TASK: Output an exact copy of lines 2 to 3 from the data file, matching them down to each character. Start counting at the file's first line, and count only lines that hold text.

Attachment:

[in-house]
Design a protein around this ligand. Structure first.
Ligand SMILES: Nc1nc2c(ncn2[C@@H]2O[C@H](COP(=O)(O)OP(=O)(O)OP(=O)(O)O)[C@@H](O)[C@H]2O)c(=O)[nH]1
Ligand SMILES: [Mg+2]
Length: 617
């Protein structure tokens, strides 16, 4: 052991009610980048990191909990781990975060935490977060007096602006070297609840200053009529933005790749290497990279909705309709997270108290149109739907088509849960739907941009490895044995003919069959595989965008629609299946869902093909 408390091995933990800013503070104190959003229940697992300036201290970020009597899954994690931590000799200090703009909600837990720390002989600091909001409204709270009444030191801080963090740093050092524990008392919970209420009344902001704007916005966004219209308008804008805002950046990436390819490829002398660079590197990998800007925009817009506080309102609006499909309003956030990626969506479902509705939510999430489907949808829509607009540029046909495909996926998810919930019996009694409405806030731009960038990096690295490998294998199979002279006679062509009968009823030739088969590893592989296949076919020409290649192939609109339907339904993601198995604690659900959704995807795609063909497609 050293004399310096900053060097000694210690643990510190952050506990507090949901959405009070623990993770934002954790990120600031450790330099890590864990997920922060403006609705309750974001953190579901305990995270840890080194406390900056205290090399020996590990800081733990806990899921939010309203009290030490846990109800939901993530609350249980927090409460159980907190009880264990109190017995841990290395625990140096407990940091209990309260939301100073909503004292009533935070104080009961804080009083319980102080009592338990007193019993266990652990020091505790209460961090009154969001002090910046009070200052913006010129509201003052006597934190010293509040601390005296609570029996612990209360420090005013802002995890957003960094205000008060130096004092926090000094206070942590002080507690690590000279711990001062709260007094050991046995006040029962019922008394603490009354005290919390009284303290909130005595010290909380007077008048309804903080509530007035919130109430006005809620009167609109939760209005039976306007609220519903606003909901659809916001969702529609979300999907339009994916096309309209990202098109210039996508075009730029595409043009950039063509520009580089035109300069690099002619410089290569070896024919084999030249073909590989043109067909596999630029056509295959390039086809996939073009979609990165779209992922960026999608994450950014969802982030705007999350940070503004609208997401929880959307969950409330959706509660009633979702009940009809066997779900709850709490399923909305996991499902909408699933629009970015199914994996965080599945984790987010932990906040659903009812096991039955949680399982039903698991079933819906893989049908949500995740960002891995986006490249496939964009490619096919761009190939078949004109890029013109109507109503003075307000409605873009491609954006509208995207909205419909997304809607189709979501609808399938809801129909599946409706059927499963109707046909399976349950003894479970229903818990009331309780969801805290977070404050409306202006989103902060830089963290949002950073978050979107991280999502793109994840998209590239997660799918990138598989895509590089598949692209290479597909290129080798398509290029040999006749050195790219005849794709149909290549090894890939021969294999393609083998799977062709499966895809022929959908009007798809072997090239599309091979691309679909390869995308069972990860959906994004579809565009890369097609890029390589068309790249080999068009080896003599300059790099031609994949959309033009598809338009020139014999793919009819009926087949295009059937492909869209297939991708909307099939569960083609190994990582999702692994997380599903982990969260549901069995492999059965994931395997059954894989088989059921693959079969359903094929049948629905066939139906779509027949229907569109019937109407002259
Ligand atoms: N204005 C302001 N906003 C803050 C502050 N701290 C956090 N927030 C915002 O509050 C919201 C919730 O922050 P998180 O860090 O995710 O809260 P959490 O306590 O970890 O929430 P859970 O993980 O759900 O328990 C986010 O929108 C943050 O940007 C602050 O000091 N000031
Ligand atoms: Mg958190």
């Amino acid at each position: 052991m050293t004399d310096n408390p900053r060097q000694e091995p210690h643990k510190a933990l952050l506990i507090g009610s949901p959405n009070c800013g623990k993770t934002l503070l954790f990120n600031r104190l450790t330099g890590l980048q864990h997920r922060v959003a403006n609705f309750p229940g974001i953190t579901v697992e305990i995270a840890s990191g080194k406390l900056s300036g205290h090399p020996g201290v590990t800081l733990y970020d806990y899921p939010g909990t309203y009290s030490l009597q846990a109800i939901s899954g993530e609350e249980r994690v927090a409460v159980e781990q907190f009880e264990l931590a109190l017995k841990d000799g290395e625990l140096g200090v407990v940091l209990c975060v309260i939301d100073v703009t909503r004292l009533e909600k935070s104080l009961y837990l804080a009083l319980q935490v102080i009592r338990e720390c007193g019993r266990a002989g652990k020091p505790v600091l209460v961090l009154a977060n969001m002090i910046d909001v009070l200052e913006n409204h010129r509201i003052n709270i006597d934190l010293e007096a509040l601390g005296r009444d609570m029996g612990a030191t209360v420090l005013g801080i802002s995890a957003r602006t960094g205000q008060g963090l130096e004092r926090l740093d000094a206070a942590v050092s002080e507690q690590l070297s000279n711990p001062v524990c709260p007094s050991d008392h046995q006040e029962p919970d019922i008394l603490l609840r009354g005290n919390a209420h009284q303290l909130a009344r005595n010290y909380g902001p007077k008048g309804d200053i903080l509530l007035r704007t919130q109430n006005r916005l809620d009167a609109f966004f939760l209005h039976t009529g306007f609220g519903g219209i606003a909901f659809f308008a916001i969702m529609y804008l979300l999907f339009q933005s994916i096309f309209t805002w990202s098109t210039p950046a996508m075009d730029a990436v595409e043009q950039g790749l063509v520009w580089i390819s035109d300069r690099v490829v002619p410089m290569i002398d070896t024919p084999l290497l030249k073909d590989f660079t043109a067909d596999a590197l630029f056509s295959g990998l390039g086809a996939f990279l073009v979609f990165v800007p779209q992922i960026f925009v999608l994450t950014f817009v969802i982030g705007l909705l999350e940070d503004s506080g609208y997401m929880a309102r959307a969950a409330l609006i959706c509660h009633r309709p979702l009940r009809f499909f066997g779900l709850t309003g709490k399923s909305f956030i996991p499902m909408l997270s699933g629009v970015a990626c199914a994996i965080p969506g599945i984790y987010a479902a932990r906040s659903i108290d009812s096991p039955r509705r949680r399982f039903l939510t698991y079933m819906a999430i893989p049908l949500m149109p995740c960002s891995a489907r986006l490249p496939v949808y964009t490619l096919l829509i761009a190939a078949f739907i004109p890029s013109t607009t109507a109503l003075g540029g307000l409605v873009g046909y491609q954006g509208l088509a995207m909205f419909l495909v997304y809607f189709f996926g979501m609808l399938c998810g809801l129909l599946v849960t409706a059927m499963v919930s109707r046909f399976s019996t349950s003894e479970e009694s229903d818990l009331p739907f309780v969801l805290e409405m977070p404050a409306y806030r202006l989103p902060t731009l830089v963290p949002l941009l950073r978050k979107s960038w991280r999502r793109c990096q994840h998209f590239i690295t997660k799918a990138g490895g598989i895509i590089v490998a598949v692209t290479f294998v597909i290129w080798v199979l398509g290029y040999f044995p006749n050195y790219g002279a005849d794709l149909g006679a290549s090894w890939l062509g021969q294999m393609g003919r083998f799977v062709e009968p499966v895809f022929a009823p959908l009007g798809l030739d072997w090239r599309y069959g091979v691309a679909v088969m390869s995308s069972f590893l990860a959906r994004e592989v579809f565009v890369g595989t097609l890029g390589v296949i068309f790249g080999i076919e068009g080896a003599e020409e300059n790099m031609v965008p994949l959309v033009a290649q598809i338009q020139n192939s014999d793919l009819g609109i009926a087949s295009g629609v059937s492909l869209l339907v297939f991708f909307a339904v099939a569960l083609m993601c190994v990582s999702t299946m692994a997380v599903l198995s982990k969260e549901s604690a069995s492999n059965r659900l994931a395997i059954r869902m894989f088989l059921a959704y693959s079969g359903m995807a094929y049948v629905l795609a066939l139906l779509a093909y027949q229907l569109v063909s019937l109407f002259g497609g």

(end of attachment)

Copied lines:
Design a protein around this ligand. Structure first.
Ligand SMILES: Nc1nc2c(ncn2[C@@H]2O[C@H](COP(=O)(O)OP(=O)(O)OP(=O)(O)O)[C@@H](O)[C@H]2O)c(=O)[nH]1